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Rio Bravo [DVD] 
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Classic western drama directed by Howard Hawks. Sheriff John T. Chance (John Wayne) is holding a murderous villain in his cell while waiting for a magistrate to collect him for trial. The criminal's associates are desperate to free him, and will stop at nothing to achieve their goal. Chance's only allies are his drunken deputy (Dean Martin), a wily old coot (Walter Brennan) and an eager young hothead (Rick Nelson).
When it comes down to naming the best Western of all time, the list usually narrows to three completely different pictures: Howard Hawks' Rio Bravo, Hawks' Red River and John Ford's The Searchers. About the only thing they all have in common is that they all star John Wayne. But while The Searchers is an epic quest for revenge and Red River, a sweeping cattle-drive drama, Rio Bravo is a much calmer film. Basically, it comes down to Sheriff John T Chance (Wayne), his alcoholic friend Dude (Dean Martin), the hotshot new kid Colorado (Ricky Nelson), and deputy-sidekick Stumpy (Walter Brennan), sittin' around in the town jail, drinkin' black coffee, shootin' the breeze, and occasionally singin' a song. Hawks--who, like his pal Ernest Hemingway, lived by the code of "grace under pressure"--said he made Rio Bravo as a rebuke to High Noon, in which sheriff Gary Cooper begged for townspeople to help him. So, Hawks made Wayne's Sheriff Chance a consummate professional--he may be getting old and fat, but he knows how to do his job, and he doesn't want amateurs getting mixed up in his business; they could get hurt. If the configuration of characters sounds familiar, it should: Hawks remade Rio Bravo two more times--as El Dorado in 1967, with Wayne, Robert Mitchum, and James Caan; and as Rio Lobo in 1970, with Wayne, Jack Elam, and Christopher Mitchum. The film achieved additional notoriety in the 90s when Quentin Tarantino revealed that he uses it as a litmus test for prospective girlfriends. --Jim Emerson, Amazon.comSee all Product Description
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The Blu Ray version is disappointing print wise for the opening credits - there's blocking, speckles on the print etc, but thankfully it doesn't stay that way for long. Although there are other weak points in the transfer later on in the movie, for about 90 % of the time I'd say it looks really good - not great - but certainly better than any other version of it that I've ever seen.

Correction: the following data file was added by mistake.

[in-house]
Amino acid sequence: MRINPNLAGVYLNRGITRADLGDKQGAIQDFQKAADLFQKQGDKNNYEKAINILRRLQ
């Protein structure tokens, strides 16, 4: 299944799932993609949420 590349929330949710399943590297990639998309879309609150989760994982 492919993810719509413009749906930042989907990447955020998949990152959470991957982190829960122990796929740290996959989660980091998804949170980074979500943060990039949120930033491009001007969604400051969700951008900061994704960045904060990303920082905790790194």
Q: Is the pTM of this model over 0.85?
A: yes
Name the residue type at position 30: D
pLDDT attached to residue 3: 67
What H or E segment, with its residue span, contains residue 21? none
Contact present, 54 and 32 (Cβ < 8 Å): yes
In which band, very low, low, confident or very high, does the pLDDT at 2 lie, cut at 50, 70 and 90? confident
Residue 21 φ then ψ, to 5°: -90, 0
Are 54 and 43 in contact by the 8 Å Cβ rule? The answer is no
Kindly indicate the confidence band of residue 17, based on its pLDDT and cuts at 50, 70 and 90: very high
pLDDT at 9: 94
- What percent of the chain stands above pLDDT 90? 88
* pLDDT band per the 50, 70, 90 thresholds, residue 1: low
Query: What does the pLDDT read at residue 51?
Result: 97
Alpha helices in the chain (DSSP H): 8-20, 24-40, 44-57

There's a night time sequence where one of the bad guys hiding out in a barn near the prison tries to shoot John Wayne - it cuts to Dutch outside worried about his friend inside - the clarity of sweat and dirt on Dean Martin is wonderful to see - and startling. When John Wayne stops Angie Dickenson at her bedroom door suspected of card shark tricks in the saloon she's just left below, her face and clothing look sensational too (what a beautiful woman she was). But then in other places there's a disappointing feeling of the focus being slightly off or the print's vibrancy being washed out.
It might just be that in 1959 the colour process was not quite there yet, but you can't help but feel that if this negative had been given real care and effort - the print would have been a genuine joy to look at - rather than being something that just elicits the word 'good' out of you every now and then.
"Rio Bravo" is a very good transfer to Blu Ray, but like so many oldies that aren't treated to proper restoration, you can't help but feel that an opportunity was missed here - because it's a Western that's stood the test of time.
If you're a fan of the movie, no doubt you've already made up your mind and ordered this disc; if you've never seen RIO BRAVO before and are considering ordering the DVD, please do so--you won't regret it, and you'll see how one of the best examples of how movies used to be made, and perhaps more importantly how more modern movies should be made.
This is ostensibly John Wayne's film, as he's the star, but the film's main character is really Dean Martin's drunken ex-deputy. His efforts to regain his pride and lost standing, both in his own mind and in the eyes of his friend (Wayne) make up the backbone of the story. Dean Martin, who was never taken seriously as an actor, here gives a terrific performance. His sweaty, humiliated 'Dude' is touching without ever being sentimental. Dude's eventual redemption, when he pursues a wounded gun-man into a bar crowded with men who'd previously laughed at him, is thrilling.
The film nicely undermines Wayne's iconic masculinity. In several scenes, the sheriff finds himself gently mocked by Angie Dickinson's attractive gambler (the one person in the film he can't get the better of). It's also the only film I can think of in which John Wayne kisses another man (a slight peck on the top of Walter Brennan's bald head).
Leading them all is Wayne in one of his most relaxed, iconic performances. He is as straight as a arrow and uncorruptable. What really makes this fun though is his growing romance with Angie Dickinson's saloon moll. Wayne and Dickinson do the usual Hollywood dance, but with enough sassy dialogue and feeling to make one wonder why they didn't appear more together on celluloid. Add to this great action scenes and it all adds up to a great movie.
Most Recent Customer Reviews
I have large collection of John Wayne films my previous one got badly scratched when the DVD drive on my computer broke, so it had to be replaced, Angie Dickinson at her best, very... Read morePublished 1 month ago by Roger L